Contact Us pages are often the most visited pages of the entire website as new visitors are often curious about how they can contact the owners. Most Contact Us pages are the bare basic contact details but often these don’t inspire customers to make contact; You need to make it easy for people to contact you with an inviting Contact Us page. The best Contact Us page makes it easy for visitors to contact the company – you – and provides links to a range of resources that the visitors might be looking for.
Why do I need a Contact Us Page?
To provide a central place listing all of your available contact methods – you may have some contact details in the header or footer – which is good practice, however, it’s best practice to repeat all of your contact information in one central place.
What kind of content should be on the Contact Us Page?
- Your trading hours – whether you’re online-only or not;
- Links to your online shop’s social media profiles;
- Contact telephone number – ideally not a mobile number;
- If you have a physical shop too, embed a Google Map;
- Live chat link – and details about when this will be manned;
- Links to third-party review sites if you’re set up on the likes of Reviews.io, Trustpilot, or Google My Business, for example;
- Email address or Contact Form – dependent on the size of your online shop – don’t forget to let the customers how long on average, it will take for them to receive a response if they contact you via email and who they will be hearing from.
Contact Forms allow customers to submit a question or query to you without them having to log in to an email or social media account which is more convenient for the customer if they are using a shared computer;
Contact Forms let customers contact you without you revealing your email address, which is essential with larger businesses where lots of different email addresses have been set up to deal with complaints, queries and refunds separately;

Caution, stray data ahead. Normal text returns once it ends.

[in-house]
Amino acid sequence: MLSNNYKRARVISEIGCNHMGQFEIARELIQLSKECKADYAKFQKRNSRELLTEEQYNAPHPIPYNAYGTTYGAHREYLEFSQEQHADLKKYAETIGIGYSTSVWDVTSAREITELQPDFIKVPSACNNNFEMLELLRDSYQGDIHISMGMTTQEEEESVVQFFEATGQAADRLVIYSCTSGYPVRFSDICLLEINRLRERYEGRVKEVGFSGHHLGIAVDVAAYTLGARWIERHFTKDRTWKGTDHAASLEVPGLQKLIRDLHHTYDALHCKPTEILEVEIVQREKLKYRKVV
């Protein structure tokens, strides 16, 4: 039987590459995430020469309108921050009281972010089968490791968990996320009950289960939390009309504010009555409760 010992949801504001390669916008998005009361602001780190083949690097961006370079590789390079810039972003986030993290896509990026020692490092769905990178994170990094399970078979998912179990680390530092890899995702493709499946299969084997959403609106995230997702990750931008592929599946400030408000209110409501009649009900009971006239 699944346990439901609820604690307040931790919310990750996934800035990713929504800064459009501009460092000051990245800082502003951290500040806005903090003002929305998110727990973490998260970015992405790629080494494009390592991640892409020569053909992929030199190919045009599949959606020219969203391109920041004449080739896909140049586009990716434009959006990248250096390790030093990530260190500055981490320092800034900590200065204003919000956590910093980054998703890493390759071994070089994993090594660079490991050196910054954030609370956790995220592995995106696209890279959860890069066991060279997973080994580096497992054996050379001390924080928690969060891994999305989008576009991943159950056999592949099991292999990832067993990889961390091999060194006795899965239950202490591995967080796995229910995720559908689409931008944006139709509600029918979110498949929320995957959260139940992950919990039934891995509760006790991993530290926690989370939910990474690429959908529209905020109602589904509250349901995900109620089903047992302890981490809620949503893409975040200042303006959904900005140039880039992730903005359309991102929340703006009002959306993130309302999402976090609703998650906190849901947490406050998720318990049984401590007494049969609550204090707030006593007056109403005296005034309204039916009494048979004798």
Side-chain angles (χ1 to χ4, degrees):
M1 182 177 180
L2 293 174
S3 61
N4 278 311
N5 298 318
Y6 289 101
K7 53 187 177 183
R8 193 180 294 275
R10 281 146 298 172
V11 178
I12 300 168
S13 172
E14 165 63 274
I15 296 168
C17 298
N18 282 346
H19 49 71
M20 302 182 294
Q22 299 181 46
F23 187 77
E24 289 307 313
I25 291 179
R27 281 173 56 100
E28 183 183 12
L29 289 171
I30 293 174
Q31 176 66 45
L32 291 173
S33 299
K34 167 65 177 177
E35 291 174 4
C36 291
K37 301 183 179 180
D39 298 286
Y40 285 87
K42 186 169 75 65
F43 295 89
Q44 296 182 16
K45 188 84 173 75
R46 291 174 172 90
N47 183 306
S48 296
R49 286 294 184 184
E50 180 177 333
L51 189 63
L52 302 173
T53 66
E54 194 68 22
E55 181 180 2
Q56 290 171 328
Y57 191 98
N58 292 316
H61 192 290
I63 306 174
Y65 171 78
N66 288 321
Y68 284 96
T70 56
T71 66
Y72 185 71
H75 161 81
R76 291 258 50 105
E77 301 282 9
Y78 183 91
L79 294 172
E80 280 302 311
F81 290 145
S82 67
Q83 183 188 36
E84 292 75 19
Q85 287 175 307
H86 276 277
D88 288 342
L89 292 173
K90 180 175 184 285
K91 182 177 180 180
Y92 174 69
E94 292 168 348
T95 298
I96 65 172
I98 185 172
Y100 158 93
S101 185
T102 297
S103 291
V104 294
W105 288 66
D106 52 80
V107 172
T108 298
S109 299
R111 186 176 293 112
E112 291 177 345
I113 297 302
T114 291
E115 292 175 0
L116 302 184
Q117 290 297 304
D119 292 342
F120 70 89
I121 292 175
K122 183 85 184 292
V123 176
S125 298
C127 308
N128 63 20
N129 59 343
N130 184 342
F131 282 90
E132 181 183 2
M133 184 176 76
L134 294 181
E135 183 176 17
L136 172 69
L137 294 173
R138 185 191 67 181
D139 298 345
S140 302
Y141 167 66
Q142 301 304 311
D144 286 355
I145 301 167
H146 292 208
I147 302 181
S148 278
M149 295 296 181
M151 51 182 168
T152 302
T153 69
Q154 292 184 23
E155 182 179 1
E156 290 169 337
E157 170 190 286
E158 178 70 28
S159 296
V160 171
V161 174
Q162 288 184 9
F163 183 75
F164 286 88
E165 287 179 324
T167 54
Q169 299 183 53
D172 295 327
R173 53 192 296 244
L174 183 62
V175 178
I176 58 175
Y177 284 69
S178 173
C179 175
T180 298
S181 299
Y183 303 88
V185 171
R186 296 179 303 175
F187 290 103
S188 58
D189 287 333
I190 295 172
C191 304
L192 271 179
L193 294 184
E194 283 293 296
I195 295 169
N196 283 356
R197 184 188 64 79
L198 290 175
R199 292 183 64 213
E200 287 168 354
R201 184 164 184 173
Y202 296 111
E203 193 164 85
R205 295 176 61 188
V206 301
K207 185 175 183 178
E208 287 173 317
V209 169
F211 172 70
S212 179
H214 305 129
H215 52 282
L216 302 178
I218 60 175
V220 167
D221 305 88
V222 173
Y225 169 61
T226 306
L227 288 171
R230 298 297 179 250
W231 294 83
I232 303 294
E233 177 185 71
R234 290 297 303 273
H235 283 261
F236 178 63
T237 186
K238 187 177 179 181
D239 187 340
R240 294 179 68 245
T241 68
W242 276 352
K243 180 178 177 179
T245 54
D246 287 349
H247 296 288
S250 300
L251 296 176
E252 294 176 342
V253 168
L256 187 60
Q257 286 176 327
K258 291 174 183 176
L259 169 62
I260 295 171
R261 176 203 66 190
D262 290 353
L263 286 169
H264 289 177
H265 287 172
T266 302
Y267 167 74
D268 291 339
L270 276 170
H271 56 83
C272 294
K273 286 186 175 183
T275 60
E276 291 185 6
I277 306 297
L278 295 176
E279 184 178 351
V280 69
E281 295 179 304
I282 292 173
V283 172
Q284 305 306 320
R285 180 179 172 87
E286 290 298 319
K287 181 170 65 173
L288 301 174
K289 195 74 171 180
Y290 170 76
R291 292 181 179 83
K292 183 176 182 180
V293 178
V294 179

A Contact Form forces a customer to provide specific details which may be omitted if the customer contacts you via different means – such as an email or a message or a comment on a social media platform. Don’t forget to ensure you have Captcha set up on the form so you don’t get lots of spam.
Larger online companies may want to provide a summary of FAQs, with links to the relevant pages on your online shop, such as:
- Delivery Times;
- Refunds and returns;
- Information about loyalty schemes and customer accounts if you have these;
- Current employment vacancies;
- Contact details for different departments, such as Customer Service, Online Sales, etc.
- Offer more than one way to contact you – some folks still enjoy speaking to people as opposed to sending emails or DMs on social media;
- Be positive in your text, with ‘how can we help you today?’;
- Double-check for mistakes in spelling, punctuation and grammar (Grammarly is free to use and has a Google Chrome extension which is very useful);
- Make sure the design of your Contact Us page matches the rest of your online shop in terms of graphics and branding;
- Use your brand’s personality in your text.
- Have any superfluous content on the Contact Us page – everything on there should be for the singular reason of getting in contact – nothing else is required;
- Use email forms to ask for unnecessary information – this is frustrating to many users and can put people off from contacting you;
- Make it complicated or difficult for people to contact you, such as only answering calls for an hour a day, for example;
- Have a text-only page – use graphics or pictures – such as a group photo of your team for example – to break up the information.
Make sure your Contact Us page is in a prominent place and can be accessed from anywhere on your online shop. It’s an important trust signal. Once the Contact Us page is live, you may want to use heat mapping like Hotjar to monitor which parts of the page are most interacted with and rearrange the page content to ensure that these commonly used aspects are front and centre.
You can listen to the podcast version of The Ecommerce Success Show on Spotify, Apple Podcasts, Google Podcasts, Pocket Casts and RadioPublic.